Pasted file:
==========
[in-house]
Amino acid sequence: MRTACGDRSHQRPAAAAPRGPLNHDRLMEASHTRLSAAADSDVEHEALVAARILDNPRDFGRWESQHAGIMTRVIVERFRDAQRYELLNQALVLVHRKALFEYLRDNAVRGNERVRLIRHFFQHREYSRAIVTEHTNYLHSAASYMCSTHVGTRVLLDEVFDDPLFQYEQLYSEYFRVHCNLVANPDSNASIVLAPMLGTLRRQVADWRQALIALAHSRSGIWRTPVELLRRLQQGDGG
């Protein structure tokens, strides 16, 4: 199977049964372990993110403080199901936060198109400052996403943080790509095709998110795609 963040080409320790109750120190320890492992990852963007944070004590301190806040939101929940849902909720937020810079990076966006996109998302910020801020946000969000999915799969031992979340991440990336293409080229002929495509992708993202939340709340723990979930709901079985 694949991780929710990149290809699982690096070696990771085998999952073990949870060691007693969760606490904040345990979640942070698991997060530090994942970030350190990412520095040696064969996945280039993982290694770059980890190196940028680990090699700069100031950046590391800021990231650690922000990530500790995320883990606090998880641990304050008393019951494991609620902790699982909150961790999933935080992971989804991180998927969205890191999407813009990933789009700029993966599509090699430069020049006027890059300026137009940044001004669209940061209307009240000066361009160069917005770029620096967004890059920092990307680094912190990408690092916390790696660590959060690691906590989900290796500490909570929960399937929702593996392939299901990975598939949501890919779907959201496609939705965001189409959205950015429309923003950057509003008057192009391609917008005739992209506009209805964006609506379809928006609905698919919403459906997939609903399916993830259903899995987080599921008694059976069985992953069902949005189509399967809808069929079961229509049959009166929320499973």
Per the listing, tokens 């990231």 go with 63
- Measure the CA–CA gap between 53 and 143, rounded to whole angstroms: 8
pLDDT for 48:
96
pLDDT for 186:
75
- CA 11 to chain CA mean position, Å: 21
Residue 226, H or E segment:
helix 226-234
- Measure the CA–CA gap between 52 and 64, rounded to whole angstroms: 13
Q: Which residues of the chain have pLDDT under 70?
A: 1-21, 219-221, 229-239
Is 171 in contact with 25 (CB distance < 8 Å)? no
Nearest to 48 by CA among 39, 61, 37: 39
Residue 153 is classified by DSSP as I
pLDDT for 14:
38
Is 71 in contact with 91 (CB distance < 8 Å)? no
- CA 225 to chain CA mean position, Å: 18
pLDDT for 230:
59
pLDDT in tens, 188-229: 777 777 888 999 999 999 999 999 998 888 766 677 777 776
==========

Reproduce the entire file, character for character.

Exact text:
[in-house]
Amino acid sequence: MRTACGDRSHQRPAAAAPRGPLNHDRLMEASHTRLSAAADSDVEHEALVAARILDNPRDFGRWESQHAGIMTRVIVERFRDAQRYELLNQALVLVHRKALFEYLRDNAVRGNERVRLIRHFFQHREYSRAIVTEHTNYLHSAASYMCSTHVGTRVLLDEVFDDPLFQYEQLYSEYFRVHCNLVANPDSNASIVLAPMLGTLRRQVADWRQALIALAHSRSGIWRTPVELLRRLQQGDGG
């Protein structure tokens, strides 16, 4: 199977049964372990993110403080199901936060198109400052996403943080790509095709998110795609 963040080409320790109750120190320890492992990852963007944070004590301190806040939101929940849902909720937020810079990076966006996109998302910020801020946000969000999915799969031992979340991440990336293409080229002929495509992708993202939340709340723990979930709901079985 694949991780929710990149290809699982690096070696990771085998999952073990949870060691007693969760606490904040345990979640942070698991997060530090994942970030350190990412520095040696064969996945280039993982290694770059980890190196940028680990090699700069100031950046590391800021990231650690922000990530500790995320883990606090998880641990304050008393019951494991609620902790699982909150961790999933935080992971989804991180998927969205890191999407813009990933789009700029993966599509090699430069020049006027890059300026137009940044001004669209940061209307009240000066361009160069917005770029620096967004890059920092990307680094912190990408690092916390790696660590959060690691906590989900290796500490909570929960399937929702593996392939299901990975598939949501890919779907959201496609939705965001189409959205950015429309923003950057509003008057192009391609917008005739992209506009209805964006609506379809928006609905698919919403459906997939609903399916993830259903899995987080599921008694059976069985992953069902949005189509399967809808069929079961229509049959009166929320499973």
Per the listing, tokens 């990231």 go with 63
- Measure the CA–CA gap between 53 and 143, rounded to whole angstroms: 8
pLDDT for 48:
96
pLDDT for 186:
75
- CA 11 to chain CA mean position, Å: 21
Residue 226, H or E segment:
helix 226-234
- Measure the CA–CA gap between 52 and 64, rounded to whole angstroms: 13
Q: Which residues of the chain have pLDDT under 70?
A: 1-21, 219-221, 229-239
Is 171 in contact with 25 (CB distance < 8 Å)? no
Nearest to 48 by CA among 39, 61, 37: 39
Residue 153 is classified by DSSP as I
pLDDT for 14:
38
Is 71 in contact with 91 (CB distance < 8 Å)? no
- CA 225 to chain CA mean position, Å: 18
pLDDT for 230:
59
pLDDT in tens, 188-229: 777 777 888 999 999 999 999 999 998 888 766 677 777 776